High Tech Housewives at UMBC

On December 5, I had the great pleasure of being part of the Dresher Center for the Humanities Fall 2018 Humanities Forum speaker series. The event had a great turn out and I presented on High-Tech Housewives and my new research.

Feature in UMBC News

Check out this write up about my upcoming book talk at UMBC!

Amy Bhatt shines light on gender and immigration policy in new book High-Tech Housewives

Policy & Society 10:30 am

“I am interested in the human face of policy,” says UMBC’s Amy Bhatt. “I want to share the personal narratives of immigrants few people hear about—highly skilled workers—and help us understand their experience as they face questions of citizenship, belonging, and community.”

Bhatt, an associate professor of gender and women’s studies, and affiliate associate professor in the language, literacy, and culture, and Asian studies programs, has made headlines nationwide by providing research-based expertise on contemporary U.S. immigration policy. She’s bringing the conversation to UMBC through a Humanities Forum talk on her new book, High-Tech Housewives: Indian IT Workers, Gendered Labor, and Transmigration, on Wednesday, December 5, 2018, 4 – 5:30 p.m., in the Albin O. Kuhn Library Gallery.

“Now more than ever, Professor Bhatt’s research is crucial in helping all of us understand the everyday impact of high-skilled immigration,” shares Jessica Berman, professor of English and director of the Dresher Center for the Humanities, which organizes the Humanities Forum. “Thriving academic research communities are enriched by the knowledge and expertise highly-skilled international faculty, staff, and students bring and share.”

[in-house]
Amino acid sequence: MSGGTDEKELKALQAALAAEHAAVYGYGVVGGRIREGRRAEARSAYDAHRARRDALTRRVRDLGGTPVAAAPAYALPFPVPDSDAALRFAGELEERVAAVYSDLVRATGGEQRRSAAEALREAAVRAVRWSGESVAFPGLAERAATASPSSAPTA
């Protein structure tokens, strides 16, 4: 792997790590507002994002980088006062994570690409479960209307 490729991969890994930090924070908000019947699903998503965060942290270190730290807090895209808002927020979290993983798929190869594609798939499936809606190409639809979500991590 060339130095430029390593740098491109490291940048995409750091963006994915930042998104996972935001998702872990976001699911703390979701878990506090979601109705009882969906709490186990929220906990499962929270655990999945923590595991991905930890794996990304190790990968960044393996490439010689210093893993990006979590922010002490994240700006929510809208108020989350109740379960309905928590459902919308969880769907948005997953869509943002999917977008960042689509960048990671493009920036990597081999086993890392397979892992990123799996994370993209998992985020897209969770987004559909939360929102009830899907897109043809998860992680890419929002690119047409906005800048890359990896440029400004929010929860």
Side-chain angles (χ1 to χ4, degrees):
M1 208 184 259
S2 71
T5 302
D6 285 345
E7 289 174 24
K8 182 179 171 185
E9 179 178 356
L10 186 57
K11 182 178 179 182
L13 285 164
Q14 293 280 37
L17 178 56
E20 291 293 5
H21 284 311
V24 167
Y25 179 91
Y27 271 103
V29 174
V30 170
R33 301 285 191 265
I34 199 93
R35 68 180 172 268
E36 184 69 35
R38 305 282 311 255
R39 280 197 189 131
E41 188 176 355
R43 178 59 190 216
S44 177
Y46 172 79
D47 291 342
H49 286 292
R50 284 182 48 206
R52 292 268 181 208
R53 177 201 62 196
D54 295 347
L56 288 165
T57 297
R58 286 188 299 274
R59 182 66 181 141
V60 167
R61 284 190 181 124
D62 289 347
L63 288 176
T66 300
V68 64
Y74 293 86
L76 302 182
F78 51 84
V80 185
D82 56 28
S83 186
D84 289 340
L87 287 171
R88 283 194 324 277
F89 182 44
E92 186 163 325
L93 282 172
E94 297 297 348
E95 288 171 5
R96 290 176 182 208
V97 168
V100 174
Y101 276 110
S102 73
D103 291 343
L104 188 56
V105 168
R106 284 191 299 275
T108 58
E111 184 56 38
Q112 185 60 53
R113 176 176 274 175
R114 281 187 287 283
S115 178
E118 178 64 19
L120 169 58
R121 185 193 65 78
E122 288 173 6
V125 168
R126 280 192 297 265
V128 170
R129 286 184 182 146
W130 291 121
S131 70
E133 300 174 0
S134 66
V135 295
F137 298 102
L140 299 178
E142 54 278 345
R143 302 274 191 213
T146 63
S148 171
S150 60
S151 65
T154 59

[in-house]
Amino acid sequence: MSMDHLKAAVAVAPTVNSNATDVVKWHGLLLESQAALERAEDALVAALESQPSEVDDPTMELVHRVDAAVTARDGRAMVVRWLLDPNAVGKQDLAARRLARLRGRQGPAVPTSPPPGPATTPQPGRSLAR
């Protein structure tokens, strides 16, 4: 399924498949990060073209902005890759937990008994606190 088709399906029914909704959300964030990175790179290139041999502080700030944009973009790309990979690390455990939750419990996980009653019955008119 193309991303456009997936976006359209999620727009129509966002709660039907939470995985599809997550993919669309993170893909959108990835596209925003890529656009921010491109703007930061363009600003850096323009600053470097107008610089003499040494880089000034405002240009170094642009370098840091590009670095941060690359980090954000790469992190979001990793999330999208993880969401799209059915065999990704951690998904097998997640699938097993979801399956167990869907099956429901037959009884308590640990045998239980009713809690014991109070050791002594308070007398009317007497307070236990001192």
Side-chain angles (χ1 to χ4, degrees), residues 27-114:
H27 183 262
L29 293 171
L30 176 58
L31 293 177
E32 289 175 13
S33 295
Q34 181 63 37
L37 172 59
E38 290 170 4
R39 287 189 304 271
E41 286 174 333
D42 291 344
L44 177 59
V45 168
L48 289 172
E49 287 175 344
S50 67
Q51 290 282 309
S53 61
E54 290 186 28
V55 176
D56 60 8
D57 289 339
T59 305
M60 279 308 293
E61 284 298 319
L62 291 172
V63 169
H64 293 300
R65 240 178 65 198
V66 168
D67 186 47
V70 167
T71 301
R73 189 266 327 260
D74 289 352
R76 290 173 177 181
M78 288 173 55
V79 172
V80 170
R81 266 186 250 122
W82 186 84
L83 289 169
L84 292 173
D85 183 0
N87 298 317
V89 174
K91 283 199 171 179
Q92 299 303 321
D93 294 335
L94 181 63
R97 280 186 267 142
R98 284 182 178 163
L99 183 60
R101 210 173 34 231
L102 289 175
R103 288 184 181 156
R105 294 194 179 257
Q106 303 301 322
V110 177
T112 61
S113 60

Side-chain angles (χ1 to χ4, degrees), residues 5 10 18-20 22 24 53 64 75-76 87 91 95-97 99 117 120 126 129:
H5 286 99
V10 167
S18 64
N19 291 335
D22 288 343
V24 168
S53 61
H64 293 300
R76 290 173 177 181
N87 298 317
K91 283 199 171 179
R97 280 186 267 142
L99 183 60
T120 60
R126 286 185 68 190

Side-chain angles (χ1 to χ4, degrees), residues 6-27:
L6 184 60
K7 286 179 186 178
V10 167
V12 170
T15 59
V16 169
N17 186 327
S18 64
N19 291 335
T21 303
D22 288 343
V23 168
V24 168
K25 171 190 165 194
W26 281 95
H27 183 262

H-1B and H-4 visa programs allow skilled workers from South Asian countries to travel with their families to the U.S. to fill needed temporary positions in corporations, hospitals, and universities. Bhatt explains, “U.S. consumers depend on the global flow of goods and services in the tech, healthcare, and higher education sectors.” She notes, “In a global high-tech economy it is important to acknowledge the value that immigrants bring to our lives and how they are being threatened by immigration policy.”